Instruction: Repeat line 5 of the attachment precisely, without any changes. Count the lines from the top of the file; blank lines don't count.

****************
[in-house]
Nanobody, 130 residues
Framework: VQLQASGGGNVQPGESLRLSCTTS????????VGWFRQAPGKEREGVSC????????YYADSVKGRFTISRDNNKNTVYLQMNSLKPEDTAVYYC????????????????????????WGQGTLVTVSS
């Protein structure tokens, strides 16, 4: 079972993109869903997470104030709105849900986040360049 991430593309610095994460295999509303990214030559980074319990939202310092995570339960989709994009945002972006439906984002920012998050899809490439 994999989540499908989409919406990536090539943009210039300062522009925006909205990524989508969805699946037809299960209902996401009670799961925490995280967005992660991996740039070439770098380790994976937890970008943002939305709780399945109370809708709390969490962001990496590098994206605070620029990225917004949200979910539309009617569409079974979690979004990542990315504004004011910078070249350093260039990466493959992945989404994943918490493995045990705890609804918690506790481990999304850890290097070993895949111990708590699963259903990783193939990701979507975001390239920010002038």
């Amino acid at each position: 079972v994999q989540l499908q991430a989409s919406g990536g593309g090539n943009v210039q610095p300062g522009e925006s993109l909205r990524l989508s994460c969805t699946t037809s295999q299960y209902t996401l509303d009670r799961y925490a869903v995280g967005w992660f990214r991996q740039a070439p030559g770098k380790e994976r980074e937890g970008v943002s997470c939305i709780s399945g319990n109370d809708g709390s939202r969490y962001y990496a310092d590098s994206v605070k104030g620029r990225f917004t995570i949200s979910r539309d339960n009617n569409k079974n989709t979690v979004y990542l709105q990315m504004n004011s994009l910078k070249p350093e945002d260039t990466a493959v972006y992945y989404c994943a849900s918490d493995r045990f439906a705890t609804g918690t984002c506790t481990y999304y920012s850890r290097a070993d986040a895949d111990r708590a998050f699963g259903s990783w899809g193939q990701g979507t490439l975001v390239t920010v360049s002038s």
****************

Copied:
């Amino acid at each position: 079972v994999q989540l499908q991430a989409s919406g990536g593309g090539n943009v210039q610095p300062g522009e925006s993109l909205r990524l989508s994460c969805t699946t037809s295999q299960y209902t996401l509303d009670r799961y925490a869903v995280g967005w992660f990214r991996q740039a070439p030559g770098k380790e994976r980074e937890g970008v943002s997470c939305i709780s399945g319990n109370d809708g709390s939202r969490y962001y990496a310092d590098s994206v605070k104030g620029r990225f917004t995570i949200s979910r539309d339960n009617n569409k079974n989709t979690v979004y990542l709105q990315m504004n004011s994009l910078k070249p350093e945002d260039t990466a493959v972006y992945y989404c994943a849900s918490d493995r045990f439906a705890t609804g918690t984002c506790t481990y999304y920012s850890r290097a070993d986040a895949d111990r708590a998050f699963g259903s990783w899809g193939q990701g979507t490439l975001v390239t920010v360049s002038s």